## BdMO National 2013: Secondary 9, Higher Secondary 7

### BdMO National 2013: Secondary 9, Higher Secondary 7

If there exists a prime number $p$ such that $p+2q$ is prime for all positive integer $q$ smaller than $p$, then $p$ is called an "awesome prime". Find the largest "awesome prime" and prove that it is indeed the largest such prime.

- Fatin Farhan
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### Re: BdMO National 2013: Secondary 9, Higher Secondary 7

*"The box said 'Requires Windows XP or better'. So I installed*

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### Re: BdMO National 2013: Secondary 9, Higher Secondary 7

i p=2 then $2|p+2q$. So p cannot be 2.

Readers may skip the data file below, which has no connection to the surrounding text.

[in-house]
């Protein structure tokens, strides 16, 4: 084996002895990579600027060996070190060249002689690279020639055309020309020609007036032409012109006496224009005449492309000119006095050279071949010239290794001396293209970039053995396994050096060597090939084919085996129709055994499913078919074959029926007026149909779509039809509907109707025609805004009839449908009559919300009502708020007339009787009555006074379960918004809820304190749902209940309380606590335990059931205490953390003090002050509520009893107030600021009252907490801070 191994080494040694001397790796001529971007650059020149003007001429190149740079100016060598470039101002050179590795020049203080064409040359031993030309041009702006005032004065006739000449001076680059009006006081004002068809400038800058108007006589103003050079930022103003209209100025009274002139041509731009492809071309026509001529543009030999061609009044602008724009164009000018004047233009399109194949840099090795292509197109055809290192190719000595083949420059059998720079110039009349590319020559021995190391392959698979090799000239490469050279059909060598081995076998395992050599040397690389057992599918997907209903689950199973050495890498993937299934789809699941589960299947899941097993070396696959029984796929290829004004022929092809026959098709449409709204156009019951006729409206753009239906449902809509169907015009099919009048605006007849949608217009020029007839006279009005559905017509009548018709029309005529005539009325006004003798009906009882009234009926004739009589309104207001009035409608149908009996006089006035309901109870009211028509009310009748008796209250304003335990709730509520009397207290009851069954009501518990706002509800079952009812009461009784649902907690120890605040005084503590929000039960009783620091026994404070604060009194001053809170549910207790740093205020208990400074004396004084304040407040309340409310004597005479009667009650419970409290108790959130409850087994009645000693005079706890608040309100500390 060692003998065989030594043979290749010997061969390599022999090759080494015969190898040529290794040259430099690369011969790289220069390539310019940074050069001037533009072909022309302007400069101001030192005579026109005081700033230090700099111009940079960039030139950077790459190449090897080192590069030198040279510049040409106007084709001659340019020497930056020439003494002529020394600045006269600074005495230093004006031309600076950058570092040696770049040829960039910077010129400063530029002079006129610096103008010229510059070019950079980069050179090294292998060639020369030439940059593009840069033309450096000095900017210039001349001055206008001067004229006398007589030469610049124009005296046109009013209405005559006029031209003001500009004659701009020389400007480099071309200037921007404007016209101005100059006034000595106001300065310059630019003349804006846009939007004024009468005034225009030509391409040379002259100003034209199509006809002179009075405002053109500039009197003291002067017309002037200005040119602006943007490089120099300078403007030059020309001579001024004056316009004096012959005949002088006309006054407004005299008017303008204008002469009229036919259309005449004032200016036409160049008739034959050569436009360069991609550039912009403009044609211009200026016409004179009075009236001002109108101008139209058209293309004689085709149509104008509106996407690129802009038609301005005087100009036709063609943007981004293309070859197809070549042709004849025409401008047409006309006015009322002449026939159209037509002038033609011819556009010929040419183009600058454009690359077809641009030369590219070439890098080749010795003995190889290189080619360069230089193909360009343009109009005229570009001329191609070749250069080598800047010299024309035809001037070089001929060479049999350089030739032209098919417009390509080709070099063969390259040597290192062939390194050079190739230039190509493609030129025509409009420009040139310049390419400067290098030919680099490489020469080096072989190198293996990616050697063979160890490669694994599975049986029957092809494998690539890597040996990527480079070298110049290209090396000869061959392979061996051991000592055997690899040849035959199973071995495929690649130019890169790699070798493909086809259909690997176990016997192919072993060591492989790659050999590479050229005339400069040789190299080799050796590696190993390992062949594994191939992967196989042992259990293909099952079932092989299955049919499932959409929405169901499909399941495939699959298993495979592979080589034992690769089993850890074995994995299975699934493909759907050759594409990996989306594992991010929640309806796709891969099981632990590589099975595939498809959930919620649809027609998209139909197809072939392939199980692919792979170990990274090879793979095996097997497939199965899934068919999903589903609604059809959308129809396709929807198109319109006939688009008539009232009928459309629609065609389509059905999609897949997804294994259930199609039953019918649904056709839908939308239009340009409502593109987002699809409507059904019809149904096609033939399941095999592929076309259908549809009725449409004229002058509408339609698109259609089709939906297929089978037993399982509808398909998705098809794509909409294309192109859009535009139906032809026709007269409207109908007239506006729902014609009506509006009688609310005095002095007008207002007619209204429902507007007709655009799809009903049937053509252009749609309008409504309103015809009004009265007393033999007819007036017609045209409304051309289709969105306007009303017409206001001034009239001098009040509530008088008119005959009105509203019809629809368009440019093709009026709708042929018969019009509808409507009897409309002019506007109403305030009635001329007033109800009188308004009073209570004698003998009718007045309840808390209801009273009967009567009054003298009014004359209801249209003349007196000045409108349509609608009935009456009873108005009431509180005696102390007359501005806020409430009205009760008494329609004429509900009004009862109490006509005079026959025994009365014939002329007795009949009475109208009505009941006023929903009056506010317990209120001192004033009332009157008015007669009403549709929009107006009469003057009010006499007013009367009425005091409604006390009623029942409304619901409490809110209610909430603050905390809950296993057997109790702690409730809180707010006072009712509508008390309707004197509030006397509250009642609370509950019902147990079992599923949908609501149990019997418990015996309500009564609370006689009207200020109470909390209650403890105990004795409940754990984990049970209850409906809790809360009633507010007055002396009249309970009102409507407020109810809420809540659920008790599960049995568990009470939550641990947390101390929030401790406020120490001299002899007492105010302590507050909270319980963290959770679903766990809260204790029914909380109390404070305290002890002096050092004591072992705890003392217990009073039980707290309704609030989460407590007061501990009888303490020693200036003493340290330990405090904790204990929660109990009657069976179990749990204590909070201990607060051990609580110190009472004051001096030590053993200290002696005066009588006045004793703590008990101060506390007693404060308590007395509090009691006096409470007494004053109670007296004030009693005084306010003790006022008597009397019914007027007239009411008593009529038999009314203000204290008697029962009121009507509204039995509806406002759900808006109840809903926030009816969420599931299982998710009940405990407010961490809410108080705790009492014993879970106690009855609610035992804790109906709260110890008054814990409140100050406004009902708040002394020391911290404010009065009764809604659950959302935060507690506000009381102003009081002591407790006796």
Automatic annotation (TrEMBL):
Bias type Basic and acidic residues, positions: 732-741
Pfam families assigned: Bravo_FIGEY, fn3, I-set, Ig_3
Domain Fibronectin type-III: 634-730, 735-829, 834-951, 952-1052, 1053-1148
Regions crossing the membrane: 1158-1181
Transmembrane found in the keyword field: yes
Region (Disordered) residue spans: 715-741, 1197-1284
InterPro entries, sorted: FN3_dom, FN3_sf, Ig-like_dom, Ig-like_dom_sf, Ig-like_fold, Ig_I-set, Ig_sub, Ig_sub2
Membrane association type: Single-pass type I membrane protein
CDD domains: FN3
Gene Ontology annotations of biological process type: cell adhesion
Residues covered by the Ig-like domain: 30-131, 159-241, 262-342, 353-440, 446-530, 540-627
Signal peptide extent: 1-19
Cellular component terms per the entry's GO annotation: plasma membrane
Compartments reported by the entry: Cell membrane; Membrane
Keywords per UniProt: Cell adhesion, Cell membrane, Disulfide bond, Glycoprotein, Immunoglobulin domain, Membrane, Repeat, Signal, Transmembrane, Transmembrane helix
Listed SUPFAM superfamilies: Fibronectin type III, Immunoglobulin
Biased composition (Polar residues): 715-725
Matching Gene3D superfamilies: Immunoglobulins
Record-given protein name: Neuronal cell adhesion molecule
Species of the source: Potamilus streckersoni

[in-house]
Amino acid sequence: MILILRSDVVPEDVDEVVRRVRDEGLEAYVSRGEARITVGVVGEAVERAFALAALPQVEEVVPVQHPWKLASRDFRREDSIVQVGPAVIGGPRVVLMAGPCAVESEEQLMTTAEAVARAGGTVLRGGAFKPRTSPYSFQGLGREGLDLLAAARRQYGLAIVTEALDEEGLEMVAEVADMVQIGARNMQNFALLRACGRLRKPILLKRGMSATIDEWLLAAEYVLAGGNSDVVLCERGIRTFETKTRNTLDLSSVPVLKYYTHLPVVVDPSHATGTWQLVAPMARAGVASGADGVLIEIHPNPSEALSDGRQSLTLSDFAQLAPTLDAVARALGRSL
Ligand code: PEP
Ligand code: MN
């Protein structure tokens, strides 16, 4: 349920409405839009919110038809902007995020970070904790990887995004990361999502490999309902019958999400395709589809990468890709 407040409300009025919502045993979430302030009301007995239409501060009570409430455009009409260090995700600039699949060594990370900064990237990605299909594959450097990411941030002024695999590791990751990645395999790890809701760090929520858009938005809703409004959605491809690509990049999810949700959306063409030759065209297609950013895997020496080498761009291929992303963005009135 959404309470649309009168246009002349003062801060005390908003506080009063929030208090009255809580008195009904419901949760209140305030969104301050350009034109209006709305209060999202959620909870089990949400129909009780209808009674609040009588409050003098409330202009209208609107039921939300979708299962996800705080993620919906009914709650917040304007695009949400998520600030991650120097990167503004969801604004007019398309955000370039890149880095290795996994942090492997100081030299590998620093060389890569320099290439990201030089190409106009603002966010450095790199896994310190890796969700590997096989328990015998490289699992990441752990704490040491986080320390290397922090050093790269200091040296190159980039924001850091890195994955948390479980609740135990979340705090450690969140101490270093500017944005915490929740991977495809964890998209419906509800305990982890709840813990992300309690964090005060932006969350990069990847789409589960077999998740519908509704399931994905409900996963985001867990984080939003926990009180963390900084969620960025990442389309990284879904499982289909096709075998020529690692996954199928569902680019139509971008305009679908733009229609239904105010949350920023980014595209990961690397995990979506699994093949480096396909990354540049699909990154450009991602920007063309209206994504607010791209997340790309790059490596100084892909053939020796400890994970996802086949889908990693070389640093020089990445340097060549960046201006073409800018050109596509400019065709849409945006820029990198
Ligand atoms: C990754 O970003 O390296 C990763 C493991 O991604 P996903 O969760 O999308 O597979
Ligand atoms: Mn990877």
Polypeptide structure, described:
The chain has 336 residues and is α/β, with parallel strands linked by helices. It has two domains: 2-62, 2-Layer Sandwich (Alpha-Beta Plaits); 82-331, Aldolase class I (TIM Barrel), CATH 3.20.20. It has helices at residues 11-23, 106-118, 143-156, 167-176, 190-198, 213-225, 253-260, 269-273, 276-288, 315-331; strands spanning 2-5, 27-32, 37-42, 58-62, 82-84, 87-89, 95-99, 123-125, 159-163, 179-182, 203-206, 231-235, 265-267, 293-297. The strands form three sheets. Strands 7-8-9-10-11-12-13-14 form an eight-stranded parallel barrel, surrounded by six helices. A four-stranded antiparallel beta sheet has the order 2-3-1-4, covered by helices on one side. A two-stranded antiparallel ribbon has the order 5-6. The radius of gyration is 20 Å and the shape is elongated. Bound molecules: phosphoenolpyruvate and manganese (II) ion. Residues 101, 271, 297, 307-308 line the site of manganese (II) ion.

Let p be the largest awesome prime.

The least value of q for any p is 1. So, we can write-

$ p+2\equiv1,2 (mod 3) $

now suppose,

$ p+2\equiv1 (mod 3) $

so, $p+4\equiv0 (mod 3) $

so, $2q=4$

and so, $q=2$. which is not possible.

So, for the largest awesome prime-

$ p+2\equiv2 (mod 3) $

or, $ p+6\equiv0 (mod 3) $

or, $ p\equiv0 (mod 3)$

Now we can say, p is a prime and divisible by 3. So the only value of $p=3$

And it's the largest awesome prime.

Let p be the largest awesome prime.

The least value of q for any p is 1. So, we can write-

$ p+2\equiv1,2 (mod 3) $

now suppose,

$ p+2\equiv1 (mod 3) $

so, $p+4\equiv0 (mod 3) $

so, $2q=4$

and so, $q=2$. which is not possible.

So, for the largest awesome prime-

$ p+2\equiv2 (mod 3) $

or, $ p+6\equiv0 (mod 3) $

or, $ p\equiv0 (mod 3)$

Now we can say, p is a prime and divisible by 3. So the only value of $p=3$

And it's the largest awesome prime.